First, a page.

Optimize your cash flow – 12 weeks’ rolling forecast
12 weeks’ rolling forecast
In order to succeed, a company must have adequate cash reserve to manage the solvency, i.e. liquidity of the company. When the company is successful, there may be ample cash reserves that require investment planning, but nevertheless situations where cash reserves are not adequate may occasionally rise. These situations include at least periods of strong growth; the cash reserves of even a very profitable company may be strained, when the company is moving upward fast. In the case of stagnating business, if the change is not prepared for, the result may be a severe liquidity crisis. In these circumstances, a week-level cash flow forecast helps to foresee events, but only if it is comprehensive enough.
Week level forecasts increase effectiveness
The cash flow forecast must be helpful in managing cash reserves, whether large or small. According to my experience, a 12 weeks’ rolling cash flow forecast gives adequate basis for this.
Typically, a cash flow forecast is based either on the data available in financial systems, or on the monthly cash flow statement form, calculated using profit and balance forecasts. Of these, the first method provides reliable information for approximately two weeks into the future, after which the financial systems usually do not provide information on future invoices and other transactions. The monthly cash flow statement is, on the other hand, mainly intended for interpretation of historical data, and it is not necessarily suitable for forecasting the amount of cash balance. Additionally, the payment terms of companies are usually less than a month, and therefore a monthly forecast is not useful for managing liquidity.
It is easy to see some good reasons for using a week-level forecast. Let’s consider a project-based business, where the advance payments invoiced to customer have been planned so that they cover the expenses of the project for its whole duration. What happens if a payment is delayed from its due date at the beginning of a month to the end of a month? The cash deficit caused by the delay will not be even visible in a month-level forecast. If, on the other hand, there would be a need to pay invoices from suppliers earlier, how could longer payment schedules be made when the financial system provides accurate information for only the following two weeks’ financial situation? Few suppliers agree on month-level payment schedules, most instead require weekly settlements. More information on tools for solving a severe cash balance situation can be found here.
Basic data for 12 weeks’ cash flow forecast
The 12 weeks’ rolling cash flow forecast is started by using the data for first two weeks available in the financial systems. The information, for example in sales and purchases ledgers and bank account, must be up to date to make them a reliable basis for forecast. (Up-to-date information is required with other stages as well.) For weeks 3 to 12, the required forecasts are calculated from profit and balance forecasts, using several parameters that depend on the principle of operation of the company.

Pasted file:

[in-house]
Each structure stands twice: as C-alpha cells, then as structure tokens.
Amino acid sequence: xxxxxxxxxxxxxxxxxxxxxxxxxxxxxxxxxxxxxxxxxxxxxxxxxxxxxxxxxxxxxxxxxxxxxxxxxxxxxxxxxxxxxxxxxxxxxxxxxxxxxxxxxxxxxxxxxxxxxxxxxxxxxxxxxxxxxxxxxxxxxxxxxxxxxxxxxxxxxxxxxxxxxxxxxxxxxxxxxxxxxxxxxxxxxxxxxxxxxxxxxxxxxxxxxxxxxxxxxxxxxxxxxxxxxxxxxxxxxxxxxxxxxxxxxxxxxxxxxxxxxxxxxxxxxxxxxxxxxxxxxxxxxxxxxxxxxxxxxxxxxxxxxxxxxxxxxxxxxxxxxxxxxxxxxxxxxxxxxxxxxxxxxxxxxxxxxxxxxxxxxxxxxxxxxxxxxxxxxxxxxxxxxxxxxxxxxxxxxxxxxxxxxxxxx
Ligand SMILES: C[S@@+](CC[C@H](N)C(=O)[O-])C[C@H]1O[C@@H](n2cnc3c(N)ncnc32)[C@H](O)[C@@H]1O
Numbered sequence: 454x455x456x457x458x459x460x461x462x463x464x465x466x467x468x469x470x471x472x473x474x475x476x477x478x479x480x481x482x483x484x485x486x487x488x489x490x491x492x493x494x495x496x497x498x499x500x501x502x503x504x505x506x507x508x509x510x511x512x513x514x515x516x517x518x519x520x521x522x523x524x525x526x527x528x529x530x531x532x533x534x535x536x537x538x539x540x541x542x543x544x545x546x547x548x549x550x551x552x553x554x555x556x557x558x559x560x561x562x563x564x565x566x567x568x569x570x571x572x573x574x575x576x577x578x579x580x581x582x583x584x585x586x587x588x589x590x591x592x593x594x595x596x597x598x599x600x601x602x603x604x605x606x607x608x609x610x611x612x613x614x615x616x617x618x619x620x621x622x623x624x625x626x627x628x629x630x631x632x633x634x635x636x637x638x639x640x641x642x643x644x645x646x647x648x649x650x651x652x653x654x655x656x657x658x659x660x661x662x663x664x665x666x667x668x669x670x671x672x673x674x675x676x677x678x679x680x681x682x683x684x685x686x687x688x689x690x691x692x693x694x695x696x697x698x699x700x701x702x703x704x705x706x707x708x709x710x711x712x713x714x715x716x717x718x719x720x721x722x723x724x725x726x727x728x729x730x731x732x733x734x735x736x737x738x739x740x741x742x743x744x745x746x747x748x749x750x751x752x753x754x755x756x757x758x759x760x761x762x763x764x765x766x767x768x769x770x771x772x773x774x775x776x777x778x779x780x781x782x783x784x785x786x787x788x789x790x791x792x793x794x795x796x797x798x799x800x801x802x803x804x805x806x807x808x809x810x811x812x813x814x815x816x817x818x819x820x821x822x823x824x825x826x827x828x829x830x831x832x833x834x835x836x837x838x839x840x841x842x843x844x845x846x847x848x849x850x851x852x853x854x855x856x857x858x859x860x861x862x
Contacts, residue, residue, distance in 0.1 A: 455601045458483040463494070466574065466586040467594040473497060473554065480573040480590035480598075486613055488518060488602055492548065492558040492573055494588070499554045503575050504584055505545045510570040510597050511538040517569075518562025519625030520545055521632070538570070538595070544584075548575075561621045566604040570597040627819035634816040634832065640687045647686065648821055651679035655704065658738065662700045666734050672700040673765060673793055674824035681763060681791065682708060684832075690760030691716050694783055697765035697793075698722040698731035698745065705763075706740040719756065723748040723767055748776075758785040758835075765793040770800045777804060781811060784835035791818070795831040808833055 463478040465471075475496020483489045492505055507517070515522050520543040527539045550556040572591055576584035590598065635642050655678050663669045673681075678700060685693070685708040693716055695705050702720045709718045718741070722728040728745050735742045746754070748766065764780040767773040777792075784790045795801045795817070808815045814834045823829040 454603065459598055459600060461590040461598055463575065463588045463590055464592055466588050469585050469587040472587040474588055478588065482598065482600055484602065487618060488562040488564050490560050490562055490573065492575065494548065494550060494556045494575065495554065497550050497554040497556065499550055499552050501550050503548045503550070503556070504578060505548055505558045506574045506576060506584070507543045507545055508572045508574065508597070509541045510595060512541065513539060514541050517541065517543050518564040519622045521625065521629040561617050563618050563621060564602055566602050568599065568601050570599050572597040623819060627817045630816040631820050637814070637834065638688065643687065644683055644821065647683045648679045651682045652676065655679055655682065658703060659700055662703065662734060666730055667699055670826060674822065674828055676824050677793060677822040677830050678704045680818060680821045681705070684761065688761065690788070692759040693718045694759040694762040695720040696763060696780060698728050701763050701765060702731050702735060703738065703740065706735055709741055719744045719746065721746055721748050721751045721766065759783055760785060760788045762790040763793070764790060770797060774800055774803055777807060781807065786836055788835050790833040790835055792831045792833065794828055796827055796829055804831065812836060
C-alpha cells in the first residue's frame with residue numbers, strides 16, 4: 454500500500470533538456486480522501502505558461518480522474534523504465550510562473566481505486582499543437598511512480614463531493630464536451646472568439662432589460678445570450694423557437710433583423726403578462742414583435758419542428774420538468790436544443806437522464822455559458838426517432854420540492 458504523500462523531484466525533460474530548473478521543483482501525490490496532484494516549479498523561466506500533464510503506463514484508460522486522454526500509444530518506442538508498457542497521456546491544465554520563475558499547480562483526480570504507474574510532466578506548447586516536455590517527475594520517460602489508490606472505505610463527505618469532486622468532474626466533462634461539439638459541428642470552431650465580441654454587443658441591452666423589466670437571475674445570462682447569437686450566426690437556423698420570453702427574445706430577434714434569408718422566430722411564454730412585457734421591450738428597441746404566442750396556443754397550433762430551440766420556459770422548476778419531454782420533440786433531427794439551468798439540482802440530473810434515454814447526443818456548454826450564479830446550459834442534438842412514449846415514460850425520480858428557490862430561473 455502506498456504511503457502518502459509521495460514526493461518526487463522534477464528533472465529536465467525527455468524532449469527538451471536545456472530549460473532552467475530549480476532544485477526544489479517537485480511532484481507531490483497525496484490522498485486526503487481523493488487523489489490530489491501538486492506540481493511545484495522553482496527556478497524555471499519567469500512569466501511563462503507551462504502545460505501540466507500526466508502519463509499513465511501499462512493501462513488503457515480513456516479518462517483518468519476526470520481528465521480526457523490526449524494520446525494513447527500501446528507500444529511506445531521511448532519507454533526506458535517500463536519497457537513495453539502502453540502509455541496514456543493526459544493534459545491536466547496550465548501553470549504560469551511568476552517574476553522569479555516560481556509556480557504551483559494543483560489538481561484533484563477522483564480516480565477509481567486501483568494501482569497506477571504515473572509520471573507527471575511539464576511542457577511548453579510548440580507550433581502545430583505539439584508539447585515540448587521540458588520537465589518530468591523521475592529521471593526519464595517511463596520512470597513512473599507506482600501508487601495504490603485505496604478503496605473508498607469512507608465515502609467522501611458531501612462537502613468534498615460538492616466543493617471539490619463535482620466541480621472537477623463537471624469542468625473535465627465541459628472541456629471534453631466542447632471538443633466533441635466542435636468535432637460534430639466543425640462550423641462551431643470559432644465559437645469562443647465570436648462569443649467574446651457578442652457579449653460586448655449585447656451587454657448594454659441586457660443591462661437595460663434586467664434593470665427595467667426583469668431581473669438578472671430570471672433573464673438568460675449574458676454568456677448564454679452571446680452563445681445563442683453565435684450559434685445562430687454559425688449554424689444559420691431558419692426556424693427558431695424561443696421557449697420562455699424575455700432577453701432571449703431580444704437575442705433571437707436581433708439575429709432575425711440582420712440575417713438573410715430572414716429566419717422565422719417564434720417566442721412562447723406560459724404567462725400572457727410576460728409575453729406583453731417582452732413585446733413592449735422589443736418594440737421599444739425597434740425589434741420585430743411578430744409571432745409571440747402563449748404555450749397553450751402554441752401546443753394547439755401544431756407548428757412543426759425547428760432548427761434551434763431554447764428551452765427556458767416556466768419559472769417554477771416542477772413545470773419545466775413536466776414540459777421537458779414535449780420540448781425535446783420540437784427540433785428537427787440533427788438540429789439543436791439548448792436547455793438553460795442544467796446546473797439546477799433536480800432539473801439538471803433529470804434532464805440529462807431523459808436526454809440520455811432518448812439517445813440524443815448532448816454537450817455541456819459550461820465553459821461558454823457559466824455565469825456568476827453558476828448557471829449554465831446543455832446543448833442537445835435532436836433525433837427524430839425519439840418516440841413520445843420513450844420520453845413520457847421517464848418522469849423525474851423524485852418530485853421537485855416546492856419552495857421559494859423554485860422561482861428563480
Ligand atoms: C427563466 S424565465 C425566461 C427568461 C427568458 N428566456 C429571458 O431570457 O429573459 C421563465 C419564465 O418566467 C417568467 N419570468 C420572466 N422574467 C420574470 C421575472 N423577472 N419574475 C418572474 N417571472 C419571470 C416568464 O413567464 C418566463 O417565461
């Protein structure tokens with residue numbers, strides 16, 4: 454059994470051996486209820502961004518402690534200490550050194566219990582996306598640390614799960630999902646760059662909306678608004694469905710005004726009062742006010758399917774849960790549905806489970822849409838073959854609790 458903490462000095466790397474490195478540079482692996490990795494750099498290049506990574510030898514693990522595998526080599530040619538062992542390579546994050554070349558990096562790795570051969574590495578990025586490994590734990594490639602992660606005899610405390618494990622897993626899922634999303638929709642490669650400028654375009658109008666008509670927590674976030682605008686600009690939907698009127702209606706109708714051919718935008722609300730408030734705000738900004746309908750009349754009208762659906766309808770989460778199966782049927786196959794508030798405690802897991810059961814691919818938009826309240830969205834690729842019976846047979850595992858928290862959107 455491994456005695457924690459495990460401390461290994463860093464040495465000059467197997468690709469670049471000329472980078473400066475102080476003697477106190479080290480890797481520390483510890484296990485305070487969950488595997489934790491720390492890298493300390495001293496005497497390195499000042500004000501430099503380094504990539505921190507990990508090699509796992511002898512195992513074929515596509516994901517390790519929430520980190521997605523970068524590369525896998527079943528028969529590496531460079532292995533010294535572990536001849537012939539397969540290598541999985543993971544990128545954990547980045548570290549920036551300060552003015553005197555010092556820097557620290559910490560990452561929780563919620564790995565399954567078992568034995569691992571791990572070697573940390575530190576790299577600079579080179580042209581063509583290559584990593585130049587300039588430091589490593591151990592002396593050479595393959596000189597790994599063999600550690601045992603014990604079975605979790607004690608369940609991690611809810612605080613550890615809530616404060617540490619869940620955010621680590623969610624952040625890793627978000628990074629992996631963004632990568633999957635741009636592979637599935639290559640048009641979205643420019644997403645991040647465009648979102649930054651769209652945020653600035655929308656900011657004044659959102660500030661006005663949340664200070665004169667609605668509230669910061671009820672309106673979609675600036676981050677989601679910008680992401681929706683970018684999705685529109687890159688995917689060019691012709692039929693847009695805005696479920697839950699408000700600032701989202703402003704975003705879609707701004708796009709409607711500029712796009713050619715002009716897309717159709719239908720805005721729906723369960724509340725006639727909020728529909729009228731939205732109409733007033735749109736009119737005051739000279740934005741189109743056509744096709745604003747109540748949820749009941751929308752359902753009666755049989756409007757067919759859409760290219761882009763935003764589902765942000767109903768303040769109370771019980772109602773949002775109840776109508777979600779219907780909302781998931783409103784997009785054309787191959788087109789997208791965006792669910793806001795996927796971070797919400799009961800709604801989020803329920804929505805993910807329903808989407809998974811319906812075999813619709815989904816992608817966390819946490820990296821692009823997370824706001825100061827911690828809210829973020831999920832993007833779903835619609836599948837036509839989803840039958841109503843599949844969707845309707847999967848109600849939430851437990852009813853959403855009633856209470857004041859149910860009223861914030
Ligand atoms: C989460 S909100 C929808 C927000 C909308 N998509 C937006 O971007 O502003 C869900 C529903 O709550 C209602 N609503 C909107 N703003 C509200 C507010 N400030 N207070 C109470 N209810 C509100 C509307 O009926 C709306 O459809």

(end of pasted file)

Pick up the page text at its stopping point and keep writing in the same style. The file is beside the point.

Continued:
One significant exception to this exists, which is if the company is using factoring. In that case, payments to the cash balance have to be forecasted based on the profit forecast starting from the first week.
It is preferable to make project-specific cash flow forecasts in the case of larger projects. The instalments to be invoiced are usually advance-oriented, and the payment terms for the projects’ instalments can vary considerably, so an unambiguous calculation for forecasting these is not always available. If all projects of the business have similar terms, these can be modelled.
Parameters to assist forecasting
Most parameters needed for compiling a cash flow forecast can be calculated using the profit and balance forecasts. Payments to the cash balance for the coming weeks can be estimated based on sales receivables turnover. In the case of project instalments and factoring payment terms, this is not applicable. Instead, information on these is received from project-specific cash flow forecasts and by using parameters to model factoring terms. In payments from cash balance, accounts payable turnover can be used if accounts payable have usually been paid in time. If there have already been delays in payments in the business, average payment terms are a good way to estimate the sum of payments due in the future.
The values of the parameters shall be analyzed by examining realized cash flow. The payment behavior of clients affects future expectations, and can have great significance for example in the case of projects. If the project size is extremely significant in relation to the turnover of the company, late payments of the client can have a negative impact on the overall cash flow of the company, and this must be reflected on the cash flow forecast.
Cash flow forecast as a provider of response time
Everyone wants to avoid negative surprises. A week-level cash flow forecast provides companies with time to respond, so that changes which used to be regarded as negative surprises perhaps no longer come as surprises. It is for example possible to initiate negotiations on loan instalments with financiers, or negotiations on payment terms with suppliers, in advance.
Everyone also seeks to optimize their operations. In the case of cash flow, the proceeds available from cash balance or the amount of interest due to late payment should be optimized; the goal is to increase proceeds or decrease expenses.
A 12 weeks’ rolling cash flow forecast provides companies with better control of cash flow. The forecast aids in providing guidelines for future business, and time to conduct various operations. We shall publish a SaaS-based software tool for implementing 12 weeks’ cash flow forecast. If you want to know more or you require help for cash flow planning, contact us.